(Jan. 5) Americans eat out, alone and on the go more than non-Americans. Is that good or bad news for produce?
A recent survey by Ipsos-Insight, Vancouver, British Columbia, found that just 54% of Americans sit down for a meal at home with their families “most days,” far fewer than the 88% of Italians who do so.
About 70% of people in the three Western European countries and 63% in the six Eastern European countries included in the survey do so.
Americans also are the most likely to eat at restaurants, to pick up take-out and to eat alone. One-third of Americans eat at restaurants at least a few days a week, one-third pick up lunch or dinner at least a few days a week and 27% get take-out from a restaurant, deli or food stand once a week.
At least one in five Americans eat on the go at least a few days a week. About 46% eat a meal alone at least most days, and many are eating alone every day.
Given that the U.S. is such a car-happy nation, it isn’t surprising that Americans eat on the go more than other countries, said Kathy Means, vice president of the Produce Marketing Association, Newark, Del.
Means said the produce industry can continue to address that reality by making fresh produce more and more convenient.
“Tastier, faster, easier should be our New Year’s resolution for new products moving into the marketplace,” Means said.
The industry also needs to boost the amount of fresh produce used in all types of restaurants, from quick-serve to upscale, and in noncommercial foodservice venues, especially schools, Means added. That’s important, she said, not only because Americans eat out a lot, but also because of the obesity problem the country faces.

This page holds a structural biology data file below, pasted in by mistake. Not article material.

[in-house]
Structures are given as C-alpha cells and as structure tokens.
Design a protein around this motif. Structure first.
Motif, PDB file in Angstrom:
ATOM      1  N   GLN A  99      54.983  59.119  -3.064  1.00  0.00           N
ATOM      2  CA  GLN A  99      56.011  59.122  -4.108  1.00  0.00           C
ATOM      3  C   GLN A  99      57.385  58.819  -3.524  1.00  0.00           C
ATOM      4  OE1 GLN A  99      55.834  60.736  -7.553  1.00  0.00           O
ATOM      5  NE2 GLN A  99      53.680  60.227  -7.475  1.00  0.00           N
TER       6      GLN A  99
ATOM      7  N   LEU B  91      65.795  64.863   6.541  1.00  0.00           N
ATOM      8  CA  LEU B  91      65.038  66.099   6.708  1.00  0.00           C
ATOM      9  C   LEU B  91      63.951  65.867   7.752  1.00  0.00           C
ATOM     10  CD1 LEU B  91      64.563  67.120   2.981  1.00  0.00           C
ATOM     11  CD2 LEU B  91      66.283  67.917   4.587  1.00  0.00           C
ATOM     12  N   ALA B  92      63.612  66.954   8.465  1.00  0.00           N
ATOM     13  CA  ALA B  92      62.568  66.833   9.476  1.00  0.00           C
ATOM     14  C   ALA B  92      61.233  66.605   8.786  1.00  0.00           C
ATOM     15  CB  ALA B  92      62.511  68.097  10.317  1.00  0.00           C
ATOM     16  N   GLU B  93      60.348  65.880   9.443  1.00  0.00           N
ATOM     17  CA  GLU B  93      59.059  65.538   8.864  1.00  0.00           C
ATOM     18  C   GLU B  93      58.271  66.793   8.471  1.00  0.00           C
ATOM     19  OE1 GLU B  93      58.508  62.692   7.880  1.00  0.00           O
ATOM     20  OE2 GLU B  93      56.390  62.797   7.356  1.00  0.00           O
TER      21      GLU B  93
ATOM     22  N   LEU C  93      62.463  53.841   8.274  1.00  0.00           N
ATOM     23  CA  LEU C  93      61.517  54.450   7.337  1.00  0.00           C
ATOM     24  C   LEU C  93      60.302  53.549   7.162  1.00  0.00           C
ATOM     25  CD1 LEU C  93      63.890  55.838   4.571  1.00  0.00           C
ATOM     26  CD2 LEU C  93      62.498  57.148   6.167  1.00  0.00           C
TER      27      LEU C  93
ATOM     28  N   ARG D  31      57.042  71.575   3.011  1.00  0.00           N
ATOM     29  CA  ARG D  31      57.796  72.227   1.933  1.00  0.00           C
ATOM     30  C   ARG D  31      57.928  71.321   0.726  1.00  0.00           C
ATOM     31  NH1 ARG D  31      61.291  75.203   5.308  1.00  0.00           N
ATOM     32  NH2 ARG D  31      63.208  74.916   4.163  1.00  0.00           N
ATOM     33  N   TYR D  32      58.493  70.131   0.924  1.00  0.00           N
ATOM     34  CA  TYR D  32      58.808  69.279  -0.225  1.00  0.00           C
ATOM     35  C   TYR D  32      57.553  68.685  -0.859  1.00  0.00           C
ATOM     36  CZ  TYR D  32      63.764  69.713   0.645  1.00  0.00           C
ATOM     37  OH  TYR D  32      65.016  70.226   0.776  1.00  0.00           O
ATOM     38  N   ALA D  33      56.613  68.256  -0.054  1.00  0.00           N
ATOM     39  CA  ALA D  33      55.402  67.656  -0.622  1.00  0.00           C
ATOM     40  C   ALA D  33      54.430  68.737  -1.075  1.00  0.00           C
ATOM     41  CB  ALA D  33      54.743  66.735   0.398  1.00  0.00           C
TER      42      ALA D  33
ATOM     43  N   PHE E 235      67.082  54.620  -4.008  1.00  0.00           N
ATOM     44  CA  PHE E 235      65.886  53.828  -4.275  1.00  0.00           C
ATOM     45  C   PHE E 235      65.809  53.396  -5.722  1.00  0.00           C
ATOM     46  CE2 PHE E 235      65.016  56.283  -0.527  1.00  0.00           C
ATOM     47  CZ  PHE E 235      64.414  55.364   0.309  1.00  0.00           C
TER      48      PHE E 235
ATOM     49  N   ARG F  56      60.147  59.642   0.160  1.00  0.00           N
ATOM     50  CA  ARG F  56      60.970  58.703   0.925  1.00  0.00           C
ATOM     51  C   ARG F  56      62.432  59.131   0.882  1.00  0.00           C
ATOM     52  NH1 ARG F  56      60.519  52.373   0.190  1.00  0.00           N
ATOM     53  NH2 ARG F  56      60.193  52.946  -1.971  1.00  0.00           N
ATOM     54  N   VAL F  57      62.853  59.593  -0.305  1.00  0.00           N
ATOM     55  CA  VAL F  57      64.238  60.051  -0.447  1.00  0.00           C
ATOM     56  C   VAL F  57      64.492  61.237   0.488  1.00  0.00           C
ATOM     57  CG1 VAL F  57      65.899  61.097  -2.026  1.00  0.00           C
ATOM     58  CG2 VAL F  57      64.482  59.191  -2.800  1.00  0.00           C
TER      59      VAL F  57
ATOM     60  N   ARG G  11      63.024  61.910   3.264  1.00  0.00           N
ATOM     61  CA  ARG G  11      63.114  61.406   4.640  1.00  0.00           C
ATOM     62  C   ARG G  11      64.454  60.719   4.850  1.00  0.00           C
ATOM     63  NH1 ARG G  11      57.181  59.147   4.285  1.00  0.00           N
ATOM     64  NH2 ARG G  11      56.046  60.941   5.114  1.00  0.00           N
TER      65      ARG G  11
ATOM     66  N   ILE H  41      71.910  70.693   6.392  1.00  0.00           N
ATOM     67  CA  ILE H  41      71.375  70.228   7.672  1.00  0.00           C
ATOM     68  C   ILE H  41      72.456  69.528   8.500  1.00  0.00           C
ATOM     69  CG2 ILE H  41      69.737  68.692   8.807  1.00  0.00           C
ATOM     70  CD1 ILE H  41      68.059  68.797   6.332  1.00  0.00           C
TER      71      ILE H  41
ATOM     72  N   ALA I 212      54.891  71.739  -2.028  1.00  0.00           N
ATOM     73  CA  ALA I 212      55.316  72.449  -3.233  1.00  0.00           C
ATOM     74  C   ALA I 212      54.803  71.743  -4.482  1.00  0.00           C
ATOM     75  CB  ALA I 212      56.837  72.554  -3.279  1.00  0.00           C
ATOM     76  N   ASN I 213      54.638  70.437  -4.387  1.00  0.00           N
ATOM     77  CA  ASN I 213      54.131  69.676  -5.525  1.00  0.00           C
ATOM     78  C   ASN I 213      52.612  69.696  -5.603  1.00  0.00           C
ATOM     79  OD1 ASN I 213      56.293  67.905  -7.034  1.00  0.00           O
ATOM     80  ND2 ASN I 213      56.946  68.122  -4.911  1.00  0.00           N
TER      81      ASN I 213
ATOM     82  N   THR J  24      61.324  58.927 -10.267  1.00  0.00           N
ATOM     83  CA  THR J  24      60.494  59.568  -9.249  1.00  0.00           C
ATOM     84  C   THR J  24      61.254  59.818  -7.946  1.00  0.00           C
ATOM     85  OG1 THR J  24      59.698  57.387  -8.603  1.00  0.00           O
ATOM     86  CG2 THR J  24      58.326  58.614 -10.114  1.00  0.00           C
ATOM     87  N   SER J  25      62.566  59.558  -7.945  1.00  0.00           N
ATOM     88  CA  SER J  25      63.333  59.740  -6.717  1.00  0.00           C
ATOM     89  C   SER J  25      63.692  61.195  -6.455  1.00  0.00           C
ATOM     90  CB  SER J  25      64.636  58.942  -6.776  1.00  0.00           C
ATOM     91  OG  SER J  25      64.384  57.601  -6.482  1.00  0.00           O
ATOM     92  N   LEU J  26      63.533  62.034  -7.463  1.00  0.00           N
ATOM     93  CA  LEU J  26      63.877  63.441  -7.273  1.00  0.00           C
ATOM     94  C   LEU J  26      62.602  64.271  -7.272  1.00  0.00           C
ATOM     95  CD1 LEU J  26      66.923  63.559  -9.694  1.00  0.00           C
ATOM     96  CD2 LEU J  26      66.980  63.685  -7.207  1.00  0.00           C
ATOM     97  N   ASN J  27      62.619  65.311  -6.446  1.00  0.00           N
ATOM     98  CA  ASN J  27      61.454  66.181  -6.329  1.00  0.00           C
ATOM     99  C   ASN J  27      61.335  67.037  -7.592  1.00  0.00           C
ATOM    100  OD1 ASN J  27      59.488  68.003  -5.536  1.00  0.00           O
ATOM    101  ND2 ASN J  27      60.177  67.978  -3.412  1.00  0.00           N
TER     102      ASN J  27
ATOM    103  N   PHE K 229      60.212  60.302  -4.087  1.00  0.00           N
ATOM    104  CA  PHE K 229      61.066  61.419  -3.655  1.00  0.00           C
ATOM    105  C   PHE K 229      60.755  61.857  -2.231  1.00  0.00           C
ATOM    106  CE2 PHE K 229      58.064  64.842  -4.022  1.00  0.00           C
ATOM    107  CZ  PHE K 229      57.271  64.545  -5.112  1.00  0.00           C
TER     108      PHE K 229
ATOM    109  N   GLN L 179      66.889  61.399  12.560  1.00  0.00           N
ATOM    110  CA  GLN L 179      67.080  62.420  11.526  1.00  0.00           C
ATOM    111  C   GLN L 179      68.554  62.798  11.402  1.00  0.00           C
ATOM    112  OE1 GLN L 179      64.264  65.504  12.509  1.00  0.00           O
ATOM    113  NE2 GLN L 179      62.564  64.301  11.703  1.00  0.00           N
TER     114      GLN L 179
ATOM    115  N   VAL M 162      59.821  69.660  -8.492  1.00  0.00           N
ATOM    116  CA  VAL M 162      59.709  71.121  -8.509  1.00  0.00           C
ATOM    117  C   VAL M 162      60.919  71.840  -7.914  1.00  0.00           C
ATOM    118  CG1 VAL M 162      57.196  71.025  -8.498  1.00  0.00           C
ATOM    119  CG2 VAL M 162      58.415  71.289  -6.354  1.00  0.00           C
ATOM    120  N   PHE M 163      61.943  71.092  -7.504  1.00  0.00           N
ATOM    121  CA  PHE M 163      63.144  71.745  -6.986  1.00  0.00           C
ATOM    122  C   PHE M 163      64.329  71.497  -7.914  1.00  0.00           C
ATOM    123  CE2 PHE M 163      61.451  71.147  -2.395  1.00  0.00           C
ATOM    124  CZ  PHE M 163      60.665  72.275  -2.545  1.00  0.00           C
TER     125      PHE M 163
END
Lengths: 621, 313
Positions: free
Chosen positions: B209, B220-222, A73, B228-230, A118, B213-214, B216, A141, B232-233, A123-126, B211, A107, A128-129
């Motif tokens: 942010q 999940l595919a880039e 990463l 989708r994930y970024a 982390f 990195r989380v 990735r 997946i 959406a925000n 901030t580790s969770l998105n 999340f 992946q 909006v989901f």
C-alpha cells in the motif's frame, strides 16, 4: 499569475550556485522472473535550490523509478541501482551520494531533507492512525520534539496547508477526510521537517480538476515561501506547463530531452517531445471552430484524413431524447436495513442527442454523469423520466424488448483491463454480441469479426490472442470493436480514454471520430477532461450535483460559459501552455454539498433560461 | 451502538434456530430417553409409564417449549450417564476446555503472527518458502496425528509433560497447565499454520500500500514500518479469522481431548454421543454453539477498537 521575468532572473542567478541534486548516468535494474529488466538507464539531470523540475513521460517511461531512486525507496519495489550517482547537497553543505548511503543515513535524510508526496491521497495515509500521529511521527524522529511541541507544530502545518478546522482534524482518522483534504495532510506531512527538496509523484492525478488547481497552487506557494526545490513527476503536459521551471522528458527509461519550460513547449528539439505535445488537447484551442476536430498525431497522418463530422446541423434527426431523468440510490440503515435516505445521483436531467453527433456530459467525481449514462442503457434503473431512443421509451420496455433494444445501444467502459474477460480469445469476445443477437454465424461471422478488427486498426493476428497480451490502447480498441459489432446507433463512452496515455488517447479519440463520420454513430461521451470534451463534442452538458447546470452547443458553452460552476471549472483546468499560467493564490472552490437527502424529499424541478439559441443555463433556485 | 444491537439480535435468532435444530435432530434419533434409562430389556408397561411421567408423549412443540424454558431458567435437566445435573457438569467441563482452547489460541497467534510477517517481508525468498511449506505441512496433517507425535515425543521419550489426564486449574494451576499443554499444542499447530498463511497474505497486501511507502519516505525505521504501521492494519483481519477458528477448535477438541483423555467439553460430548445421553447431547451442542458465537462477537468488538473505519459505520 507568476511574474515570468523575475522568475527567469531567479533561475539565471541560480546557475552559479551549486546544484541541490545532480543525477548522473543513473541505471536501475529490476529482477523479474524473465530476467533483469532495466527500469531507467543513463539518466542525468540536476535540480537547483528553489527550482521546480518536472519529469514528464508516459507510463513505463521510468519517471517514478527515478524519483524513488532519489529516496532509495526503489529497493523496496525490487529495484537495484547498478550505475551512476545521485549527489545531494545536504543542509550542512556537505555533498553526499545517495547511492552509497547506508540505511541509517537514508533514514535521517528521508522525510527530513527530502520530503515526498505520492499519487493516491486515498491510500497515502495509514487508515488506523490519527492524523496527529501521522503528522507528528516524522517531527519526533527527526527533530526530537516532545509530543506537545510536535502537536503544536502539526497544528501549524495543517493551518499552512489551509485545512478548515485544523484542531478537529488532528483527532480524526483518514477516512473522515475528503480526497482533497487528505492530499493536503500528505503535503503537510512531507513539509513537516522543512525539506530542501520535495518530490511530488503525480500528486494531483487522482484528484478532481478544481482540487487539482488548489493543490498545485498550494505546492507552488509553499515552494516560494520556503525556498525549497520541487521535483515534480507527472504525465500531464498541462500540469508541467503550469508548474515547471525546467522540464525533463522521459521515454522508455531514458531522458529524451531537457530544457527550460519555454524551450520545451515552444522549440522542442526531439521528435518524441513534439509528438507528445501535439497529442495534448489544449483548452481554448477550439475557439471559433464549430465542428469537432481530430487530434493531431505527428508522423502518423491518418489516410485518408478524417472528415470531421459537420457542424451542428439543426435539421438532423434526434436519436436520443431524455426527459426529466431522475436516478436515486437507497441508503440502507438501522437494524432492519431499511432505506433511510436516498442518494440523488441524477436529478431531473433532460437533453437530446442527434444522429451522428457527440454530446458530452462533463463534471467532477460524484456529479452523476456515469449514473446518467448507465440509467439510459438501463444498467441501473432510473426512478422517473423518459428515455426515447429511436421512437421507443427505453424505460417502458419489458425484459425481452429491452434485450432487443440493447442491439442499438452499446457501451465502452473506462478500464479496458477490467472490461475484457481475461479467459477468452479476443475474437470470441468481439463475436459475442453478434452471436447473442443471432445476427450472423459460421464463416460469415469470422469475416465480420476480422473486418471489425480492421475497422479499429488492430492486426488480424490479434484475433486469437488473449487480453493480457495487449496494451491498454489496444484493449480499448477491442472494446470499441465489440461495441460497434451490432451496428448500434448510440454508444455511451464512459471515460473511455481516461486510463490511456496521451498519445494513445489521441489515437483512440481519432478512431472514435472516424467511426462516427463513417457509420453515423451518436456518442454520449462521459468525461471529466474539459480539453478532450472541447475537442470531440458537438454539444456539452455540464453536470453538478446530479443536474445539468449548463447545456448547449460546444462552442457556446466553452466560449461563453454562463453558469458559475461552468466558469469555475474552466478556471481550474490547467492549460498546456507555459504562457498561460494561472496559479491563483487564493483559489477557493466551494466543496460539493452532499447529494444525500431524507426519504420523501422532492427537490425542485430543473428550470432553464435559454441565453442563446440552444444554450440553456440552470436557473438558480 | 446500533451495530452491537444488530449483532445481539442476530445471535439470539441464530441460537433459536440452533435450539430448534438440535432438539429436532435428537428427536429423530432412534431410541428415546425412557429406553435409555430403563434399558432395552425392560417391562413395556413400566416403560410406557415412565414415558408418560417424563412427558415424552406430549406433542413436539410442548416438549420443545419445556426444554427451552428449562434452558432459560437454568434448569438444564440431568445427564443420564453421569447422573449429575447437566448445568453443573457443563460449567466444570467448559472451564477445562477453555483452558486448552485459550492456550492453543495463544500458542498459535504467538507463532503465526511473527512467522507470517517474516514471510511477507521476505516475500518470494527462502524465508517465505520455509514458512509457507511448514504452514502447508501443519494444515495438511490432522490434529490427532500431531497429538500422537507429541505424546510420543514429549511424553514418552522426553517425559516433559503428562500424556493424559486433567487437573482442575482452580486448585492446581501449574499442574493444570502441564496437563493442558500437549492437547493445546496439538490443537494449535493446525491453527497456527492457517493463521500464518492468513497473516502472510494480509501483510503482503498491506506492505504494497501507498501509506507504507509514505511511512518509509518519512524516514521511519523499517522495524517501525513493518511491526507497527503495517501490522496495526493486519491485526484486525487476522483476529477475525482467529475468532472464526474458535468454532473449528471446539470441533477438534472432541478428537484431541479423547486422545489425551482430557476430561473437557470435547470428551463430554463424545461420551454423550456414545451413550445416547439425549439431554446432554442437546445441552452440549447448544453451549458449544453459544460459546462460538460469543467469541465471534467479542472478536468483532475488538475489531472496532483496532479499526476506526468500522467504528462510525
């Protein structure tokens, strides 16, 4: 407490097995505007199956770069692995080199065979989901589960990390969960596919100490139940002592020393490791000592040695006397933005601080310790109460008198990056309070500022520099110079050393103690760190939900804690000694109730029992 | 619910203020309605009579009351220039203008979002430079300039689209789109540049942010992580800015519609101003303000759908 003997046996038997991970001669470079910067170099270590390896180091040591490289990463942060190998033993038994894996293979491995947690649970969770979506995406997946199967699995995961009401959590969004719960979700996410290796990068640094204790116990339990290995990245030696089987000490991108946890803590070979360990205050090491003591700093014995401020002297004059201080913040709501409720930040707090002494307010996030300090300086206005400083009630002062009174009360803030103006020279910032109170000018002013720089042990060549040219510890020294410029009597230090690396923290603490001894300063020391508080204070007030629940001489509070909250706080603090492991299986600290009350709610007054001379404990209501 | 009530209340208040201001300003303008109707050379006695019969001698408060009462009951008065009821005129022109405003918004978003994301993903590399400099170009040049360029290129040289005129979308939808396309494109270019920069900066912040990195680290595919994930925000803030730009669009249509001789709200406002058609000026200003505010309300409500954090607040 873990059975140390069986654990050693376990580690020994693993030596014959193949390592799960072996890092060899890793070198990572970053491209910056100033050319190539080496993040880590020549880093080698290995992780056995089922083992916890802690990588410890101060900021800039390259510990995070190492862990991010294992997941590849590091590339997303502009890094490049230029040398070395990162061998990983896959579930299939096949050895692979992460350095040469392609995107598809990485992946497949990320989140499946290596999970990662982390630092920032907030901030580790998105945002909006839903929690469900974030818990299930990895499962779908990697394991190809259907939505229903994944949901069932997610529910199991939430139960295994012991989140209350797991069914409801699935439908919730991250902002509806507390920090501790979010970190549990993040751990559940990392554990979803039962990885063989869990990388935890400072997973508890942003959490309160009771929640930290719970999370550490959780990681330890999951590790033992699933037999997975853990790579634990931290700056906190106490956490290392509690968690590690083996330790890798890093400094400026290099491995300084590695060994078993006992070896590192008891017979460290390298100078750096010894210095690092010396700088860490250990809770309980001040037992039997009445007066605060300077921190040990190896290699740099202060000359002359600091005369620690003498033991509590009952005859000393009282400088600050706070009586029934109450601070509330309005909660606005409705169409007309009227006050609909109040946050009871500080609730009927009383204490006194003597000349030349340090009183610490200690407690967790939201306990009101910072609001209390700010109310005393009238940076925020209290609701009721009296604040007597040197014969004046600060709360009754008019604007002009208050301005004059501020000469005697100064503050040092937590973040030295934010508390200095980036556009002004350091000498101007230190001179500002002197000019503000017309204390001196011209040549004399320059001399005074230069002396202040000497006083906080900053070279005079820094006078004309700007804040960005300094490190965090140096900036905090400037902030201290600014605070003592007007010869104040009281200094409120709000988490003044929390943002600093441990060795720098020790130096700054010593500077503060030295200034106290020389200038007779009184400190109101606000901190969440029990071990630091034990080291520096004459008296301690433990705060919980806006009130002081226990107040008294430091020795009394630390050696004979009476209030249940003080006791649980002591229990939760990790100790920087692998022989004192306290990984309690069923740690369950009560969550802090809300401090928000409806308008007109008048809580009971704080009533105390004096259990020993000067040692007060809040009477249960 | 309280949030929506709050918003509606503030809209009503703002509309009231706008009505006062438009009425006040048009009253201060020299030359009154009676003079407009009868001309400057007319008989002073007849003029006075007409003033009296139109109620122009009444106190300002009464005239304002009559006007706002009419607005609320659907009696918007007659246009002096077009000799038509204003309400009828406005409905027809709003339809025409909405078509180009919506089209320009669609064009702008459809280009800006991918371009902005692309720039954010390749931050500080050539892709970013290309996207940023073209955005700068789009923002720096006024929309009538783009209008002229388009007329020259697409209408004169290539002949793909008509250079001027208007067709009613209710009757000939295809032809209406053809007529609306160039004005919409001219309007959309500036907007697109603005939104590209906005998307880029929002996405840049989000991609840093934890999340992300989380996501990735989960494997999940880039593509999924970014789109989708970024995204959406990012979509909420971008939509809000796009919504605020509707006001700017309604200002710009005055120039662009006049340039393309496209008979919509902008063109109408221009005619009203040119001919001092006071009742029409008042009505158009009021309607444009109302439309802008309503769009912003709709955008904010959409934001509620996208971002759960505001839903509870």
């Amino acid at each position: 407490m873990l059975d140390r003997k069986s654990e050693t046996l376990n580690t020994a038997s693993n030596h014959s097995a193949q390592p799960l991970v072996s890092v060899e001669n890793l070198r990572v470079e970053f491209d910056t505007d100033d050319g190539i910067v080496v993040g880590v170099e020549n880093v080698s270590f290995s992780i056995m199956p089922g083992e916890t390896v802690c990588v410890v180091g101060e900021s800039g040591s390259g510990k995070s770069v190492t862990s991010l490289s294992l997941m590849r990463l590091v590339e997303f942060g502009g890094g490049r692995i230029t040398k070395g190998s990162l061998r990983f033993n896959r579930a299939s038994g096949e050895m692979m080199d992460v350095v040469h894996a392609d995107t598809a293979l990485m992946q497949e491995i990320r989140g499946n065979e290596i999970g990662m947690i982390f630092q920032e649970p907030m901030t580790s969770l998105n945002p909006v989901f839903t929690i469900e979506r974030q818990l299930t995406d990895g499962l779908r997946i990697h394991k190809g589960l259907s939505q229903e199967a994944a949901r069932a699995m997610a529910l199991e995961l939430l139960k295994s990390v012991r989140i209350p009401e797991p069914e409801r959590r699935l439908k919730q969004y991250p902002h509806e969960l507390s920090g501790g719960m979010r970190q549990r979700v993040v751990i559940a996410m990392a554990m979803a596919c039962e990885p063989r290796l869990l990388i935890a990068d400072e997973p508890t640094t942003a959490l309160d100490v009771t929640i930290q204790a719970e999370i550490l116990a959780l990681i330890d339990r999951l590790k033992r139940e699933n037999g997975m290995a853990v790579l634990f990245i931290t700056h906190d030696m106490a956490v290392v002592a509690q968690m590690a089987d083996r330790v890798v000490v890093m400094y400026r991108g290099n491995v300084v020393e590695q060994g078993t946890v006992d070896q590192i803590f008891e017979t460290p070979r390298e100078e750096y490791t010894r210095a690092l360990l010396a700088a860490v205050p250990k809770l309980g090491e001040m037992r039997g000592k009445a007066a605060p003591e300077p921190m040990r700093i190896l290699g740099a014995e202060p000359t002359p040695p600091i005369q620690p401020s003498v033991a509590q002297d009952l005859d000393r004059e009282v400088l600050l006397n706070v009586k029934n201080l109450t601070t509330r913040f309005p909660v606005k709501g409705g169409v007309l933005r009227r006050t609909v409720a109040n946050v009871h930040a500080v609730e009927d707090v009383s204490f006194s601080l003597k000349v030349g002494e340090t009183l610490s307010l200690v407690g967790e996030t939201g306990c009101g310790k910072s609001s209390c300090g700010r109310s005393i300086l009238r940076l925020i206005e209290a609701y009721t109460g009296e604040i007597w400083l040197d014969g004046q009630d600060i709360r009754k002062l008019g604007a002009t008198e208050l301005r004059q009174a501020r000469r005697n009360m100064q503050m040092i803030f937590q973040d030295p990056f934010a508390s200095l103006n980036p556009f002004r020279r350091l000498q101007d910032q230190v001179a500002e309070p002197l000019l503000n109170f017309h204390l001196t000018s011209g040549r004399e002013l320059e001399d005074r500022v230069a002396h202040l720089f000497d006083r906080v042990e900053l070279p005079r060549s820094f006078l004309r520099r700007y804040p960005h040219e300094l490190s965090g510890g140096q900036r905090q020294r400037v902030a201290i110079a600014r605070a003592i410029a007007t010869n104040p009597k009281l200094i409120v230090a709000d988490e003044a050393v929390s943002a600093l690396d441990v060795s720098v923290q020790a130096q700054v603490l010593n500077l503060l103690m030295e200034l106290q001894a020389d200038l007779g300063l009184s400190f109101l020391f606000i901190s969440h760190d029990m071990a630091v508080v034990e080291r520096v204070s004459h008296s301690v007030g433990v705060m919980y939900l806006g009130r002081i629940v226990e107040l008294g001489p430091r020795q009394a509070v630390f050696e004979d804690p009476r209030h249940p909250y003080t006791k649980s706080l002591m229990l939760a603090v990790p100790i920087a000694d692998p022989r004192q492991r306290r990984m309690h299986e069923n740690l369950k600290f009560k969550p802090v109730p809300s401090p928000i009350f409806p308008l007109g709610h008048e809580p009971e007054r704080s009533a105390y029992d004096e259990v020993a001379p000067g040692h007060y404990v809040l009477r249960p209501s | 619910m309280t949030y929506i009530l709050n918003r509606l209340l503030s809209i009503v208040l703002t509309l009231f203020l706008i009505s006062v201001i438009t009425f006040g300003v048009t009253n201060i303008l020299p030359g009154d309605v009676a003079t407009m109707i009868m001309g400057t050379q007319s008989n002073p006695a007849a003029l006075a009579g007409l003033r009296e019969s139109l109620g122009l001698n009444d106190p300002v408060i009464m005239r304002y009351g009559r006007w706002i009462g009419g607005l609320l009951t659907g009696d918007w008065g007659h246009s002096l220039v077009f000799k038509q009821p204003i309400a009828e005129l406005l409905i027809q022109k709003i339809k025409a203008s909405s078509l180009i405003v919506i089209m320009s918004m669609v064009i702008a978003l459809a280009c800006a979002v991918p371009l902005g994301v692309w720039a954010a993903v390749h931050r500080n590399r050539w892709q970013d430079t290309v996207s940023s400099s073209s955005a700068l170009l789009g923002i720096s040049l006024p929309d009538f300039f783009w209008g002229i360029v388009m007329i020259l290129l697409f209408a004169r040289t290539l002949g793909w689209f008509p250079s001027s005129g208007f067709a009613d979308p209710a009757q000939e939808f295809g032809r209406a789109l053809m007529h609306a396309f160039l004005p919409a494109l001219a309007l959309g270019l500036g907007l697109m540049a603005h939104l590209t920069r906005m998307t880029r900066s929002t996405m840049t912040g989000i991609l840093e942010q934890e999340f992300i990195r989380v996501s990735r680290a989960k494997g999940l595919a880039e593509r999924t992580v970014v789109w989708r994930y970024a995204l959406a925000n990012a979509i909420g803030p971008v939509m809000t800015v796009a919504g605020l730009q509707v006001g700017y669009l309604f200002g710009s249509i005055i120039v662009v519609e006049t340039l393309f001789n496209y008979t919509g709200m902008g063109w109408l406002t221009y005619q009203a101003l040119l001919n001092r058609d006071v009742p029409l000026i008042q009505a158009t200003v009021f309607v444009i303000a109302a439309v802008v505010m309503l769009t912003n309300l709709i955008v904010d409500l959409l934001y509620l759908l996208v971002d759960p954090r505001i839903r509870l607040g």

Growing and selling more flavorful and convenient produce is crucial if the produce industry wants to keep up with the times, said Ron McCormick, vice president/division marketing manager for produce and floral, Wal-Mart Stores Inc., Bentonville, Ark.
“With our American fixation with fast food and eating on the run, we in the produce industry owe it to ourselves and the country to make produce fit into that lifestyle,” McCormick said.
Addressing changing consumption patterns is critical for the long-term health of Americans, as well as for the produce industry, agreed Grant Hunt, president of Grant J. Hunt, Oakland, Calif.
“These survey findings are the result of a two-generation shift in the lifestyle patterns of American family life,” Hunt said. “Without the basic skills and product knowledge to fully utilize the broad range of advantages to increase produce consumption, there remains a significant hurdle which prevents increased consumption.”